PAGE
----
Competition Commission not ready to pursue antitrust cases criminally – plus: AAT‘s recommendations
The newly (permanently) appointed Competition Commissioner, Tembinkosi Bonakele, has referred to a “phased” implementation of the 2009 Competition Amendment Act. The legislation technically criminalised hard-core antitrust offences such as bid-rigging or price-fixing cartels. However, it has not yet been implemented or effectively signed into law.
According to a MoneyWeb/ZA report, both he and his boss, Economic Development Minister Ebrahim Patel, had discussions on how and when to implement “to ensure that the necessary institutional capacity is available to apply the amendments.” The initially effective provisions (relating to the SACC’s market-inquiry powers) went into effect last year, while the criminalisation provisions remain unimplemented.
In a somewhat remarkable and prudent self-assessment, the minister and SACC have now admitted that the Commission currently lacks “the institutional capacity needed to comply with the higher burden of proof in criminal cases,” according to the report.
One notable aspect of potential discord lies in not only in the different standard of proof in civil vs. criminal matters (“more probable than not” vs. “beyond a reasonable doubt”), but perhaps more importantly can be found on the procedural side, preventing rapid implementation of the law: There has been historic friction between various elements of the RSA’s police forces and (special) prosecutorial services, and the power to prosecute crimes notably remains within the hands of the National Prosecuting Authority, supported in its investigations by the South African Police Service.
Historical and Legislative Background – and a bit of Advice
Starting in the spring and summer of 2008, the rumoured legislative clamp-down on corrupt & anti-competitive business practices by the government made the RSA business papers’ headlines.
During a presentation I gave at a Johannesburg conference in September that year (“Criminalising Competition Law: A New Era of ‘Antitrust with Teeth’ in South Africa? Lessons Learned from the U.S. Perspective“), I quoted a few highlights among them, asking somewhat rhetorically whether these were the words of fearmongers or oracles?
- “Competition Bill to Pave Way for Criminal Liability”
- “Tough on directors”
- “Criminalisation of directors by far most controversial”
- “Bosses Must Pay Fines Themselves”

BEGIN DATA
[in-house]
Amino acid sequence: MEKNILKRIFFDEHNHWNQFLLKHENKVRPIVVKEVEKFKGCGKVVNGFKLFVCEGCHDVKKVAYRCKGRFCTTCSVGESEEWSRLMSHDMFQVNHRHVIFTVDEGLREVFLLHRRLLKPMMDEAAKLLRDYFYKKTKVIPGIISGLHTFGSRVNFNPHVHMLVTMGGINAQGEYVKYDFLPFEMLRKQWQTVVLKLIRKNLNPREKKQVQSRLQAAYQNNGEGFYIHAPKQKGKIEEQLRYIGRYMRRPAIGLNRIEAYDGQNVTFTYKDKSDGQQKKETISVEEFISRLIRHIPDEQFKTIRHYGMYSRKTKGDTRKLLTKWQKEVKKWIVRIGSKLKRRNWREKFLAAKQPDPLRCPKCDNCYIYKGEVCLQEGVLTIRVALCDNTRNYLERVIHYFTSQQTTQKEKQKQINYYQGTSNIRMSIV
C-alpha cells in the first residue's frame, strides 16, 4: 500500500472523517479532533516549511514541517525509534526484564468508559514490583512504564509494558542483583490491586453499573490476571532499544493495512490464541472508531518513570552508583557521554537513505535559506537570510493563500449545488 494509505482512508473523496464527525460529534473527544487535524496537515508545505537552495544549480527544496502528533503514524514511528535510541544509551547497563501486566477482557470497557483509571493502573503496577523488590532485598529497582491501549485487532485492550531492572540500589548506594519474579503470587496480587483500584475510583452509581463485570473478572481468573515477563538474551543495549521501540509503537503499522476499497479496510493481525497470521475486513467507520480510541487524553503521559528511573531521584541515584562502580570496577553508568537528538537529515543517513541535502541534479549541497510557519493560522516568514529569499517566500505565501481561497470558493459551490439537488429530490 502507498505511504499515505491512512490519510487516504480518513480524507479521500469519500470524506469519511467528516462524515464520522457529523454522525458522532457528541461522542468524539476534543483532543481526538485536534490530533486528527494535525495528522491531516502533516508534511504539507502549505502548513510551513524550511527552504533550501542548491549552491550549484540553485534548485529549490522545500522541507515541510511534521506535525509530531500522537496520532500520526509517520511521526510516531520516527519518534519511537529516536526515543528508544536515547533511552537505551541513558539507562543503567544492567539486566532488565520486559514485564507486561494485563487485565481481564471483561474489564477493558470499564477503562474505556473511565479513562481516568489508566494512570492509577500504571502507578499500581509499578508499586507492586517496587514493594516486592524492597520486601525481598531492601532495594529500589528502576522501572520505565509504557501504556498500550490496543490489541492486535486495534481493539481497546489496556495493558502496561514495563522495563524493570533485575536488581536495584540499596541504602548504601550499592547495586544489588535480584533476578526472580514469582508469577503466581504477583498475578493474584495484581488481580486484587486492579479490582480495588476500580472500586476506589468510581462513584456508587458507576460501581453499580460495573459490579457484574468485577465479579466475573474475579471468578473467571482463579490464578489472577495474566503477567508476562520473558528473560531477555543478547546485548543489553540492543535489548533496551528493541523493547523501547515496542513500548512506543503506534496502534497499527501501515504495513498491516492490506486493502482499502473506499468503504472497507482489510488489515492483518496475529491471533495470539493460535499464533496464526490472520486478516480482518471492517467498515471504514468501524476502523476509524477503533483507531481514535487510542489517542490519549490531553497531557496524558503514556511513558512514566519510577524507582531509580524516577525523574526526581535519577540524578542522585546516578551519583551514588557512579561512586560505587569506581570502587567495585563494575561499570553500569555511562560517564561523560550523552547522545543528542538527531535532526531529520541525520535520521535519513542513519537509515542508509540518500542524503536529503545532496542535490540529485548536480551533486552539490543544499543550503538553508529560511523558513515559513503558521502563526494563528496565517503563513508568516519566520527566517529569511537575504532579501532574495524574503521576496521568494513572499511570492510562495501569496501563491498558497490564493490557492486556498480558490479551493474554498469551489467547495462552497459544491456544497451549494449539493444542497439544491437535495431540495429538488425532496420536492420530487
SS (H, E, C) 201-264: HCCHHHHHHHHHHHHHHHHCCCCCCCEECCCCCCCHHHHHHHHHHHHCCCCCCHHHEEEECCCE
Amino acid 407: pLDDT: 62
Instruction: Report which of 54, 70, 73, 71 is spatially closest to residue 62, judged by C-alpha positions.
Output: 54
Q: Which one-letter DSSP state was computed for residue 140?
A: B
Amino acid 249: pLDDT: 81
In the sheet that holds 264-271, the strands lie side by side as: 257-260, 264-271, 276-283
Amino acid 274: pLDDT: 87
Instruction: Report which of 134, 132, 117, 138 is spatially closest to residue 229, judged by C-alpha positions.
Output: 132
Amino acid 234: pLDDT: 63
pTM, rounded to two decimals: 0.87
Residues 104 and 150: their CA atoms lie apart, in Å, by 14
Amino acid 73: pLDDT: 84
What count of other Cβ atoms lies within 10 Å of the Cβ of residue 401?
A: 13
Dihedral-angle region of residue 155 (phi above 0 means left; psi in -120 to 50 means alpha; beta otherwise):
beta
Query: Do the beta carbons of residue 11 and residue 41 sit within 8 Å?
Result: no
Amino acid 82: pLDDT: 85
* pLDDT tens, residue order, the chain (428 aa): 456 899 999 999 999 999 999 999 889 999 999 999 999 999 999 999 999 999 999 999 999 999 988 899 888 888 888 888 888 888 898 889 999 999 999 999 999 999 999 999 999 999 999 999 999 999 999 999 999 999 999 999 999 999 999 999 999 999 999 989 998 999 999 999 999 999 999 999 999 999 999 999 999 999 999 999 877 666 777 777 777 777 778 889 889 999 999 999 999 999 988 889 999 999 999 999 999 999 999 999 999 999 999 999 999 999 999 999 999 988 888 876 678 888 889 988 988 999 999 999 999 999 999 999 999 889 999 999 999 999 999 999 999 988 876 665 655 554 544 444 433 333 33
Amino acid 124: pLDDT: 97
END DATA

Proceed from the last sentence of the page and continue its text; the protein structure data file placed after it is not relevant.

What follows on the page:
- “New leniency regime to turn up heat on cartels”
- “New era in the application of competition policy in SA”
- “Likely to give rise to constitutional challenges”
- “New Bill On Cartels is a Step Too Far”
- “Fork out huge sums or face jail time if found guilty”
- “Disqualification from directorships … very career limiting”
I also quoted international precedent-setting institutions and enforcers’ recommendations, all of which tended towards the positive effect of criminal antitrust penalties:
OECD, 3rd Hard-Core Cartel Report (2005):
- Recommends that governments consider the introduction and imposition of criminal antitrust sanctions against individuals to enhance deterrence and incentives to cooperate through leniency programmes.
U.S. Department of Justice, Tom Barnett (2008):
- “Jail time creates the most effective, necessary deterrent.”
- “[N]othing in our enforcement arsenal has as great a deterrent as the threat of substantial jail time in a United States prison, either as a result of a criminal trial or a guilty plea.”
While the presentation contained a lot more detail, the key recommendations that I summarised would seem to continue to hold true today, and may serve as guide-posts for Commissioner Bonakele and the EDD ministry:
Cornerstones of a successful criminal antitrust regime
- Crystal-clear demarcation of criminal vs. civil conduct
- Highly effective leniency policy also applies to individuals
- Standard of proof must be met beyond a reasonable doubt
- No blanket liability for negligent directors – only actors liable
- Plea bargaining to be used as an effective tool to reduce sentence
- Clear pronouncements by enforcement agency to help counsel predict outcomes